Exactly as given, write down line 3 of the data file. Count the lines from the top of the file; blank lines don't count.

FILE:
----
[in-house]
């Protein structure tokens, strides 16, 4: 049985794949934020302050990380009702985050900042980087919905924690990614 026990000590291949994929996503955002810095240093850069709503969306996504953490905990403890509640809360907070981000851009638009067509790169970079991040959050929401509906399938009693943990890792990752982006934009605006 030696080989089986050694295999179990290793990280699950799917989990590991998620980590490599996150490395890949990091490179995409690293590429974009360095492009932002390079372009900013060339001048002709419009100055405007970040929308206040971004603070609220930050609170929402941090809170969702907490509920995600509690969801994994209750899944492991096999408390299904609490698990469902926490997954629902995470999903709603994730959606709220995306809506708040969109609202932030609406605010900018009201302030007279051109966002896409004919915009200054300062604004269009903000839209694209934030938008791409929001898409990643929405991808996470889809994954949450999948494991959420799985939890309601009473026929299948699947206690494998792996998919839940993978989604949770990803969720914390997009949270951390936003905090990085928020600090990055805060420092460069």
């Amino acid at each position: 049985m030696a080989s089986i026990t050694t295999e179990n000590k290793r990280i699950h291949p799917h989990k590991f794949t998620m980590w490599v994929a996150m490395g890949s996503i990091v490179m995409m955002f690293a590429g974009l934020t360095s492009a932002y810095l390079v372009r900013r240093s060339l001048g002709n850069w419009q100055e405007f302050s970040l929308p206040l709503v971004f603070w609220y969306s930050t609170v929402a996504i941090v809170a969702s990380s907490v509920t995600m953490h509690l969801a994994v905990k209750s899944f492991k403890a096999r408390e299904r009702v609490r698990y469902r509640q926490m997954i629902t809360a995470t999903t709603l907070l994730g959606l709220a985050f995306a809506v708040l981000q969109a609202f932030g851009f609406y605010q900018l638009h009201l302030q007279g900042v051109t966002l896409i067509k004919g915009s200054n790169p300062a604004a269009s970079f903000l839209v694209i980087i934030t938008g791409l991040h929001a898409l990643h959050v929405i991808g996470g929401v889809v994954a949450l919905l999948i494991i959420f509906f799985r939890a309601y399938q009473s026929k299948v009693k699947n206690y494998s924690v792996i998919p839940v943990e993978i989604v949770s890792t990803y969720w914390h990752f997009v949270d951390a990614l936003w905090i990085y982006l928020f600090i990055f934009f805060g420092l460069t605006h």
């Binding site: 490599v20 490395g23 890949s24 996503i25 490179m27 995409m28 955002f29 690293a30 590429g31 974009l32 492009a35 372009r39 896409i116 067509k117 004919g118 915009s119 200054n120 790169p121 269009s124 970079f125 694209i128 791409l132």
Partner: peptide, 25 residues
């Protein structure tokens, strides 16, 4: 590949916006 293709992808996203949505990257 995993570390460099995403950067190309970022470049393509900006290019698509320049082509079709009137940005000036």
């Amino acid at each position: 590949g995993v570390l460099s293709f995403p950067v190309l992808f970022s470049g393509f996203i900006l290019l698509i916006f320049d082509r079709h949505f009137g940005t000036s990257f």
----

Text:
């Amino acid at each position: 049985m030696a080989s089986i026990t050694t295999e179990n000590k290793r990280i699950h291949p799917h989990k590991f794949t998620m980590w490599v994929a996150m490395g890949s996503i990091v490179m995409m955002f690293a590429g974009l934020t360095s492009a932002y810095l390079v372009r900013r240093s060339l001048g002709n850069w419009q100055e405007f302050s970040l929308p206040l709503v971004f603070w609220y969306s930050t609170v929402a996504i941090v809170a969702s990380s907490v509920t995600m953490h509690l969801a994994v905990k209750s899944f492991k403890a096999r408390e299904r009702v609490r698990y469902r509640q926490m997954i629902t809360a995470t999903t709603l907070l994730g959606l709220a985050f995306a809506v708040l981000q969109a609202f932030g851009f609406y605010q900018l638009h009201l302030q007279g900042v051109t966002l896409i067509k004919g915009s200054n790169p300062a604004a269009s970079f903000l839209v694209i980087i934030t938008g791409l991040h929001a898409l990643h959050v929405i991808g996470g929401v889809v994954a949450l919905l999948i494991i959420f509906f799985r939890a309601y399938q009473s026929k299948v009693k699947n206690y494998s924690v792996i998919p839940v943990e993978i989604v949770s890792t990803y969720w914390h990752f997009v949270d951390a990614l936003w905090i990085y982006l928020f600090i990055f934009f805060g420092l460069t605006h």